Iran’s authorities in Rasht Central Prison led two women to the gallows as people around the world were preparing to celebrate International Women’s Day. The women were executed on Mar. 4, just days before Women’s Day. Their identities were not published.
The total number of women executed since Iranian President Hassan Rouhani took office in 2013 has now reached 75, according to data collected by the Iranian opposition National Council of Resistance of Iran (NCRI) Women’s Committee. This does not include secret executions that may have been carried out.
26-year-old Reyhaneh Jabbari was among the victims. She was executed in Oct. 2014 after seven years of imprisonment and torture, and never underwent proper due process. Iran is in fact notorious for not providing prisoners with fair trials. She was hanged despite an international outcry and campaigns calling for a halt to her execution.
Also among the victims was 23-year-old juvenile offender Fatemeh Salbehi who was hanged on Oct. 13, 2015. The United Nations and Amnesty International called on Iran to stop the sentence, but authorities went ahead and carried out the execution. Her case was also reportedly flawed.
Moluk Nouri was another victim, executed along with her husband and six other prisoners on Sept. 29, 2016 in Urmia Central Prison.
Some of the victims were also mothers, such as Fatemeh Mehrabani and Paridokht Molaie-far.
Many women in Iran remain on death row in various prisons across Iran, awaiting their execution. In fact, four days after International Women’s Day, Iran sentenced another woman to death.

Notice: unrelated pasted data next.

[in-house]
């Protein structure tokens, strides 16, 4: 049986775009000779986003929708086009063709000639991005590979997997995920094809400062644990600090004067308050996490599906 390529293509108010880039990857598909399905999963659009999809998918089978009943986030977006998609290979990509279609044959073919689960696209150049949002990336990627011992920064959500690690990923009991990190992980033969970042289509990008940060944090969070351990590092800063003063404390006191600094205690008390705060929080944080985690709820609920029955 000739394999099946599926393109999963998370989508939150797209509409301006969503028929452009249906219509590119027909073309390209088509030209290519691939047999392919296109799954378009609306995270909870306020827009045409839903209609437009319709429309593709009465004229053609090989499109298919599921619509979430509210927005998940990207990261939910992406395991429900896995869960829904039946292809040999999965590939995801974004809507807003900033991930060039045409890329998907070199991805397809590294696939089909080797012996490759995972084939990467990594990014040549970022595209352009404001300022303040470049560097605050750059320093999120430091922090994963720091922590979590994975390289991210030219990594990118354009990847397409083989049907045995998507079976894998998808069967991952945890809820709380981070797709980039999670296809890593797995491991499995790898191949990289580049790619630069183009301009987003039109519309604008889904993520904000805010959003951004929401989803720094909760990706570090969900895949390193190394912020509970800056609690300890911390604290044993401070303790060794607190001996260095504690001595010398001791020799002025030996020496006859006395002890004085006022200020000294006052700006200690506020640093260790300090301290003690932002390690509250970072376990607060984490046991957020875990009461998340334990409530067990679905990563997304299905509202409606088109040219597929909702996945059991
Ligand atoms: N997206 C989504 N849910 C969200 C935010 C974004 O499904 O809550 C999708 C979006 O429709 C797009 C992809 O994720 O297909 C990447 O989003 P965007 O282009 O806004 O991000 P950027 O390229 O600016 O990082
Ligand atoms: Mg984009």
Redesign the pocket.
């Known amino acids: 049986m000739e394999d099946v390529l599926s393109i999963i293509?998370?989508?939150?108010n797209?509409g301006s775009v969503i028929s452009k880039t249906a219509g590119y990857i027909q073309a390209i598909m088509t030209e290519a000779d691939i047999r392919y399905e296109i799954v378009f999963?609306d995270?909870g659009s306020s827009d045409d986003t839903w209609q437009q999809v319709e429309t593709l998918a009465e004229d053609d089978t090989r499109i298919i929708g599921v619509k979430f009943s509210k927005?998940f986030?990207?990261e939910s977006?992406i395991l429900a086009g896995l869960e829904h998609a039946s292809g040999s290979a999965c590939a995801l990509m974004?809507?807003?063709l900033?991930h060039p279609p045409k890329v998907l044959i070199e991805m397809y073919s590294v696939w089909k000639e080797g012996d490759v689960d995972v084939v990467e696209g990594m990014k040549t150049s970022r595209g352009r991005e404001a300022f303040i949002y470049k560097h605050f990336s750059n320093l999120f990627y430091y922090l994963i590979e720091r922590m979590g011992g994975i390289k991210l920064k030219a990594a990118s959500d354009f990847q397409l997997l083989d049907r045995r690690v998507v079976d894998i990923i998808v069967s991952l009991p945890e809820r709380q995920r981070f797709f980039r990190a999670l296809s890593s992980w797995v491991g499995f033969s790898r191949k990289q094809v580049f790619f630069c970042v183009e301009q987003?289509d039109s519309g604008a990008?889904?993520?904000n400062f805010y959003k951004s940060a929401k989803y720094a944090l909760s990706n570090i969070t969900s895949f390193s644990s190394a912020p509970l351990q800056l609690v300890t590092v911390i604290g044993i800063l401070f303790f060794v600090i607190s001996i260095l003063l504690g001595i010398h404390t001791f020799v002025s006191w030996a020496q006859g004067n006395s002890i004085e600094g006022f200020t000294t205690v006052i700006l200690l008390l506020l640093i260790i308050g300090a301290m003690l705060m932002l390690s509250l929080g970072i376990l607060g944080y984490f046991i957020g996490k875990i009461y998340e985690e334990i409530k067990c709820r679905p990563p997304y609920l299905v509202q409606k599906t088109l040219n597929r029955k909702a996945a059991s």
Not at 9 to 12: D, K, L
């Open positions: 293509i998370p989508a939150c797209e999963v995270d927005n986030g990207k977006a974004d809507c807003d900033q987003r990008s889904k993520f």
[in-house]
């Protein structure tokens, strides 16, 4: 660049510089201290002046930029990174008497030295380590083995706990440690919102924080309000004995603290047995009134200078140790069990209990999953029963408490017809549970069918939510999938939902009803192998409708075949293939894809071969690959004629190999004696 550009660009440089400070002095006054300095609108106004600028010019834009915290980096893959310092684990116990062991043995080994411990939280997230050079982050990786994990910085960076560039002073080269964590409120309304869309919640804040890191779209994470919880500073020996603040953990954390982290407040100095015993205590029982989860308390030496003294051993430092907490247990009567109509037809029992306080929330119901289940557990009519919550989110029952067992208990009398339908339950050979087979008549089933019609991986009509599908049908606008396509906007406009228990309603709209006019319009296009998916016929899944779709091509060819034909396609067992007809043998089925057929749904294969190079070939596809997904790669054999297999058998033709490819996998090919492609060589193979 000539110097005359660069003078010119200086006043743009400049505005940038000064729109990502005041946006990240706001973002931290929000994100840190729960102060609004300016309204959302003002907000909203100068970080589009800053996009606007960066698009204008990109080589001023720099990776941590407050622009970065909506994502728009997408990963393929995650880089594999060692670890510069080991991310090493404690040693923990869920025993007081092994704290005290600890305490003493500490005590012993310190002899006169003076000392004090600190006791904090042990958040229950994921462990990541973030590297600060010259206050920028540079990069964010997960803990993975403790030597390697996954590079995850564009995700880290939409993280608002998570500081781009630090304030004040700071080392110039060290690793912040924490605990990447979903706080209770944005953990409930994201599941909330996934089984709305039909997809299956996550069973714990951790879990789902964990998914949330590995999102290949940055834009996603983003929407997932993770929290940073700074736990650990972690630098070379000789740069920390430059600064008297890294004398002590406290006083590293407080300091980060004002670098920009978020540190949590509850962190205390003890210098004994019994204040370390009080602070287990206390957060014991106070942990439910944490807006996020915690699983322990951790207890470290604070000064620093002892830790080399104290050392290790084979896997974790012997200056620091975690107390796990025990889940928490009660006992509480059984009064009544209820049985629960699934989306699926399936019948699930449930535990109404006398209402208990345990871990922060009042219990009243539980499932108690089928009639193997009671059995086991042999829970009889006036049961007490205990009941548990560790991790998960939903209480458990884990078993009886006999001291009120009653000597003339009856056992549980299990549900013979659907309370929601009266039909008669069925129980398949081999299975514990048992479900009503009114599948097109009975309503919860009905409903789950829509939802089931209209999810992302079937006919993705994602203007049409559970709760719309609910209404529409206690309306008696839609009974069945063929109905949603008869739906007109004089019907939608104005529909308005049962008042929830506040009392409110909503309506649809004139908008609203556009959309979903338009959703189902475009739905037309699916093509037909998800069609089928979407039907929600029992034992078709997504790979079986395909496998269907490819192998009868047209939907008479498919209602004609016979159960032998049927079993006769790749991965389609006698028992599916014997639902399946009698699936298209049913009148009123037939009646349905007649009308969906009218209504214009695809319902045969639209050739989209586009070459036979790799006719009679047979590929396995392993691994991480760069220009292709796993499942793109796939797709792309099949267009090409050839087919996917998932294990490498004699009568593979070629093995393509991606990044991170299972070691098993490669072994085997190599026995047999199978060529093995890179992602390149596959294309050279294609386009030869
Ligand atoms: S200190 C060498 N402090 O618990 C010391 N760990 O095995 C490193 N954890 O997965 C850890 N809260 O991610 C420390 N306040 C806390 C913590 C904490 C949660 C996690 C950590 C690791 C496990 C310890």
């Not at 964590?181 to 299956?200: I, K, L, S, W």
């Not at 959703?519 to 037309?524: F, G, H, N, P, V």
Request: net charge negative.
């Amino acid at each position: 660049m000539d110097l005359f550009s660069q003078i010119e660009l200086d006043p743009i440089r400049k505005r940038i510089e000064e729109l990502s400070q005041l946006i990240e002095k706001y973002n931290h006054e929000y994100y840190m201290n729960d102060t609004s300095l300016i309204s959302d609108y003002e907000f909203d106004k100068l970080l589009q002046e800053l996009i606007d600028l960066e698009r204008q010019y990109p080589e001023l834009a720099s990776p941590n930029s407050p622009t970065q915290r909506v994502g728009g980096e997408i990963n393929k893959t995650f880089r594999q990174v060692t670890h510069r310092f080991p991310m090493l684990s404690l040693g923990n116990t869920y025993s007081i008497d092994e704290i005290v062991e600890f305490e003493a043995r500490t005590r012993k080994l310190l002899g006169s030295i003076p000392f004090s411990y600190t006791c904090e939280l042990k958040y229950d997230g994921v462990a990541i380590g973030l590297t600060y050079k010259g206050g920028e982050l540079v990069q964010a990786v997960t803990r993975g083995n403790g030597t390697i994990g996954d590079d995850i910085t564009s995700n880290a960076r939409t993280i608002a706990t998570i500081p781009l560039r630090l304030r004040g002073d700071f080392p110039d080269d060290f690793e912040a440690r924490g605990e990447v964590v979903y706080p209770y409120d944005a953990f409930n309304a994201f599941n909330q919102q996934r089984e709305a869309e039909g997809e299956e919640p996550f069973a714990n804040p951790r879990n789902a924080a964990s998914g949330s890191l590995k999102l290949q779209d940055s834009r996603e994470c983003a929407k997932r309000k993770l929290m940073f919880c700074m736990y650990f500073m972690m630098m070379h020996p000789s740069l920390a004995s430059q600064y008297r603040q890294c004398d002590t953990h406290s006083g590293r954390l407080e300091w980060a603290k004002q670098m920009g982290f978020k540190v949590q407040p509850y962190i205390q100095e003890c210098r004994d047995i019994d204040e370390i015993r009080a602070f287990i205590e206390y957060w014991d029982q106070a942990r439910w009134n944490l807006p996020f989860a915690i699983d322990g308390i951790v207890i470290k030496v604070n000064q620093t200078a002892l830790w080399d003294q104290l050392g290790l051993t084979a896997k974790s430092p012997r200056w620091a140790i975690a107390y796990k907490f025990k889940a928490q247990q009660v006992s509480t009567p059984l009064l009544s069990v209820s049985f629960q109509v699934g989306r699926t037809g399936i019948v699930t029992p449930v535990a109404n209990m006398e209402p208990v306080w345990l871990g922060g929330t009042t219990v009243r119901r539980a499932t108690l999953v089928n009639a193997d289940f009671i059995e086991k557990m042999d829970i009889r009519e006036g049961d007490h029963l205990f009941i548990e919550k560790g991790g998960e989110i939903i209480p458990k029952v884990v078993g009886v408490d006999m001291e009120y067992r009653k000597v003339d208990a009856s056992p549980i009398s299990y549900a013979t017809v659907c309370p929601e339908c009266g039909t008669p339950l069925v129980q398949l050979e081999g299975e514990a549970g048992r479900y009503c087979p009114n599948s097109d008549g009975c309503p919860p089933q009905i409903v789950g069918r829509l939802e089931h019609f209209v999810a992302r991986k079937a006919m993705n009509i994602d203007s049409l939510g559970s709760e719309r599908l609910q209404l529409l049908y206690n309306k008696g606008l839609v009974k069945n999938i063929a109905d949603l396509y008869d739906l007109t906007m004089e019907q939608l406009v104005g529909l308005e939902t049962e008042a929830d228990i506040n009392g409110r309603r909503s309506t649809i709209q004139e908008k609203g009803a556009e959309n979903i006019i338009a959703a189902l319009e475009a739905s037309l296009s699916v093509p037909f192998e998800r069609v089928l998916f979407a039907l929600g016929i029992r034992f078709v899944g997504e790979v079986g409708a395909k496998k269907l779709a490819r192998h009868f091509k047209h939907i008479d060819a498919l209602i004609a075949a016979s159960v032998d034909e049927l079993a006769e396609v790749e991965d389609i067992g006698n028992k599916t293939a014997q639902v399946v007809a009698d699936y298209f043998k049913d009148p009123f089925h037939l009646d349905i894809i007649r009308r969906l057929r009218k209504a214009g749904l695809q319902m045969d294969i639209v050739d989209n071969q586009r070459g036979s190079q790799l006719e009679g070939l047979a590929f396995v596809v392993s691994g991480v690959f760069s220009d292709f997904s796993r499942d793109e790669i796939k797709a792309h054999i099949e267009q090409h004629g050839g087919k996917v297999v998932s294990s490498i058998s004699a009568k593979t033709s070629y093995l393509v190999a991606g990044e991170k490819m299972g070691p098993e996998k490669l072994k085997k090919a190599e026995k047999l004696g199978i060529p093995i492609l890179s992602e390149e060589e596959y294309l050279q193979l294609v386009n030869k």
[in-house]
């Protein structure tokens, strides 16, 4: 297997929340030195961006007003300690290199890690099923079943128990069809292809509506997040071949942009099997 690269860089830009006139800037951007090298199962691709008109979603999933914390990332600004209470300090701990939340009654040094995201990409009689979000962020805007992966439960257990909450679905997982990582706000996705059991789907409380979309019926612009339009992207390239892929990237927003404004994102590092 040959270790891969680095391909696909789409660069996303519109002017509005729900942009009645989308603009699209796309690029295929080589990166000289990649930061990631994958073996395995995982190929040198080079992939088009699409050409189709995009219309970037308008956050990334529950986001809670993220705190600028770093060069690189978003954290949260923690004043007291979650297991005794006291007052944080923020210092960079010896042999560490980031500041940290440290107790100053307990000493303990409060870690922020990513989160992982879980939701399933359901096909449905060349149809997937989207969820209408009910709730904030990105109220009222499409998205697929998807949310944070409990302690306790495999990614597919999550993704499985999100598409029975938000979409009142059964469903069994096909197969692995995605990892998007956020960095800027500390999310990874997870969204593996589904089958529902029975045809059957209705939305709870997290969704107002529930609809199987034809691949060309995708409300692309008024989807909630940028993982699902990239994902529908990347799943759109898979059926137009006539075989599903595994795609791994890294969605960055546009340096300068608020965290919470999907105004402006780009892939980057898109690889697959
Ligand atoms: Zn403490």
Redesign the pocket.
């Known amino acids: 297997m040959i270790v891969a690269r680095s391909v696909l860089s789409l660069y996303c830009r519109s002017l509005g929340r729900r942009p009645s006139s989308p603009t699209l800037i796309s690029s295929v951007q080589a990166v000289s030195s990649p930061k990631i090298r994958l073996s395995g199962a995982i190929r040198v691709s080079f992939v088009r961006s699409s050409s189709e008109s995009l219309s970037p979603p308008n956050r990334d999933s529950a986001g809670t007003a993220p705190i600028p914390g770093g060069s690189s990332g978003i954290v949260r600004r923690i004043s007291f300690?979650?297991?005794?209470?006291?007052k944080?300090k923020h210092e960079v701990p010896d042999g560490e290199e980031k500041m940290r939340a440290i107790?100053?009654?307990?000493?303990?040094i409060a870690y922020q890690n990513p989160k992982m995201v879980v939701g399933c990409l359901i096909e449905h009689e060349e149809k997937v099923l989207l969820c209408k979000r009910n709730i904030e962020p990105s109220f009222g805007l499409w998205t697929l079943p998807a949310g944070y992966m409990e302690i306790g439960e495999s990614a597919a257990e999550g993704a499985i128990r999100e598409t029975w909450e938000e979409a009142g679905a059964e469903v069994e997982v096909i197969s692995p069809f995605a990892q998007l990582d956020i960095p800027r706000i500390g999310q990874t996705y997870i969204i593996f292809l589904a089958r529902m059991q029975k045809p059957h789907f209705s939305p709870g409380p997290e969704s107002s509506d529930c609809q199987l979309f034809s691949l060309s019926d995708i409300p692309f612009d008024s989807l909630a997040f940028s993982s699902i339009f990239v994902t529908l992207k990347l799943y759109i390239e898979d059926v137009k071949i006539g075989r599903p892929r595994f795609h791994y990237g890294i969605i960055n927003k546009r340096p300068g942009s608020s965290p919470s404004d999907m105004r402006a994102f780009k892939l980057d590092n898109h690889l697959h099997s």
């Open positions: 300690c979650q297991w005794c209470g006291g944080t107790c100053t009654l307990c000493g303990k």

On Mar. 12, Branch 15 of the Revolutionary Court in Tehran issued a death sentence for Marjan Davari, a 50-year-old researcher. Davari was arrested in Sept. 2015, and has faced many injustices during her imprisonment. Reports indicate that though she was suffering from different a variety of illnesses, authorities of the regime prevented her from receiving adequate medical treatment. Preventing prisoners from receiving medical treatment is a common inhumane practice in Iran.
Davari has also spent three months in solitary confinement. She is charged with “spreading corruption on earth” and acting against the state.
In February, a 27-year-old mother of six children was also sentenced to death in the Sistan & Balouchistan Province for drug trafficking.
Rouhani Not A Moderate
Many in the West have wrongly labeled Rouhani as a moderate. The crimes committed against women under his watch show once again he is no different than other leaders of the criminal regime.
The People’s Mojahedin Organization of Iran (PMOI/MEK), the leading NCRI member, has from day one of this regime informed the international community that indeed reform has no meaning in Iran’s flawed system. Moderation is impossible and it is merely a deceptive method used by regime officials to prolong their rule.
The PMOI seeks to overthrow the Iranian regime, and aspires to establish an Iran based on the rule of law, democracy, and secularism. The movement is led by a woman named Maryam Rajavi, the NCRI President-elect. In her 10-point-plan she promotes women’s rights and calls for the abolishment of the death penalty. Mrs. Rajavi and the Iranian Resistance’s viewpoints on women have been published here.
The next time you read or hear someone referring to Rouhani as a moderate, you’ll know it’s a sheer lie. At a time when the world was preparing to celebrate women, remember that Iran’s authorities were busy executing and issuing death sentences to them.